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Igniting national efforts to save lives: lunch with African heads of state

2013 February 4
by Edwinah Orowe

Edwinah Arwah Orowe is Advocacy Program Officer with FCI-Kenya, based at our office in Nairobi. Last week, she was one of three young people invited to represent African youth at a high-level ‘working lunch’ on the Campaign on Accelerated Reduction of Maternal, Newborn and Child Mortality in Africa (CARMMA), as part of the 20th African Union Summit. Here is Edwinah’s report:

Nearly thirty African heads of state attended this important side event; countries whose head of state couldn’t be present were represented by their Ministers of Health. UN Secretary-General Ban Ki-moon sat at the dais, together with Dr. Babatunde Osotimehin, Executive Director of the UN Population Fund—UNFPA.  A range of other influential stakeholders also attended, including AU Commissioners, representatives of regional and international organizations, diplomats, and civil society representatives, so the table was set for a meaningful and important discussion. In his welcoming remarks, the African Union’s Commissioner for Social Affairs, Dr. Mustapha Sidiki Kaloko, said that achievement of the Millennium Development Goals (MDGs) and of Africa’s post-2015 objectives depends on member countries addressing preventable maternal, newborn, and child death and illness.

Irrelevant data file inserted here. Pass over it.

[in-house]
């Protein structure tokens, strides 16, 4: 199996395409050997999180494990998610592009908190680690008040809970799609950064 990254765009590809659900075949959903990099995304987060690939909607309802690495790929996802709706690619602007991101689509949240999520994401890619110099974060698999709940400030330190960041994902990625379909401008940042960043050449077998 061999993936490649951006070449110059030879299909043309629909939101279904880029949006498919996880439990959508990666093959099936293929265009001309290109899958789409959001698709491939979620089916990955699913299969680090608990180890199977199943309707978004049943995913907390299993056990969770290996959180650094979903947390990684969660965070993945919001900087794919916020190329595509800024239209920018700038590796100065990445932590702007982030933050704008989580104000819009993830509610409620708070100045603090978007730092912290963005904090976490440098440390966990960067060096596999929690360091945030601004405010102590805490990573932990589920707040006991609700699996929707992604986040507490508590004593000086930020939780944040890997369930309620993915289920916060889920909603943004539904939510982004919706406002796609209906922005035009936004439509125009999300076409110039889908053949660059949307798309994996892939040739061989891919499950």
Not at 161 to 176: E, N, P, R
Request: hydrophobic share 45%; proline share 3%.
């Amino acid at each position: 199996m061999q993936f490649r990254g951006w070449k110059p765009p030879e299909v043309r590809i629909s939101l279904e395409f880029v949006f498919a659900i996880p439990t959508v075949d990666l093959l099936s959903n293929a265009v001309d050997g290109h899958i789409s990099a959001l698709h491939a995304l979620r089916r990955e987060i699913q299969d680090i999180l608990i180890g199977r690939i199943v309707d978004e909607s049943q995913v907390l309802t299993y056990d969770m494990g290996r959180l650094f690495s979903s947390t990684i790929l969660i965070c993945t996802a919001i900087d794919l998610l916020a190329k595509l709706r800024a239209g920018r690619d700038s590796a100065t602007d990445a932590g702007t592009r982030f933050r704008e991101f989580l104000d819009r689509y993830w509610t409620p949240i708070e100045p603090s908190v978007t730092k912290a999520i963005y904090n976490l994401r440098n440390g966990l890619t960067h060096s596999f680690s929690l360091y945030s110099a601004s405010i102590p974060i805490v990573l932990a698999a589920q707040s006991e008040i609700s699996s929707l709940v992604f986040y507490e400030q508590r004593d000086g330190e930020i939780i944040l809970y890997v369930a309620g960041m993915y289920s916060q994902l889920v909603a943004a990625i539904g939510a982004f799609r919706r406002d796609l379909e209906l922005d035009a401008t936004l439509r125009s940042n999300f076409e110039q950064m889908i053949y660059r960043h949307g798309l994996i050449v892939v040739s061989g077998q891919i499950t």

This event was a celebration of all of the progress that has been made since CARMMA — a continent-wide effort to mobilize national action to save women’s lives — was launched in 2009. It was also, however, a call to press on with even deeper commitment, because it is still possible to achieve a 75% decrease in maternal and child mortality by the MDG deadline in 2015. Every speaker —from the Chair of the AU Commission to the UN Secretary-General — echoed the same call, which resonated throughout the room: no woman should die while giving life.

As the African Union celebrates its Jubilee, the gift of safe motherhood is a special one that African governments must give to African women. In Africa, giving birth is a celebration, and life itself is a celebration. Every African country must ensure that every woman has access to the skilled care that she needs, and that every woman can deliver her child in a setting where she is treated with dignity.

The fact that more than half of all African heads of state attended this working lunch demonstrates that there now is a real commitment, across Africa, to meeting the maternal health needs of women. The commitment by so many African leaders to re-ignite CARMMA is a crucial step in the right direction. Now, African women and young people need to see this commitment translate into real action.

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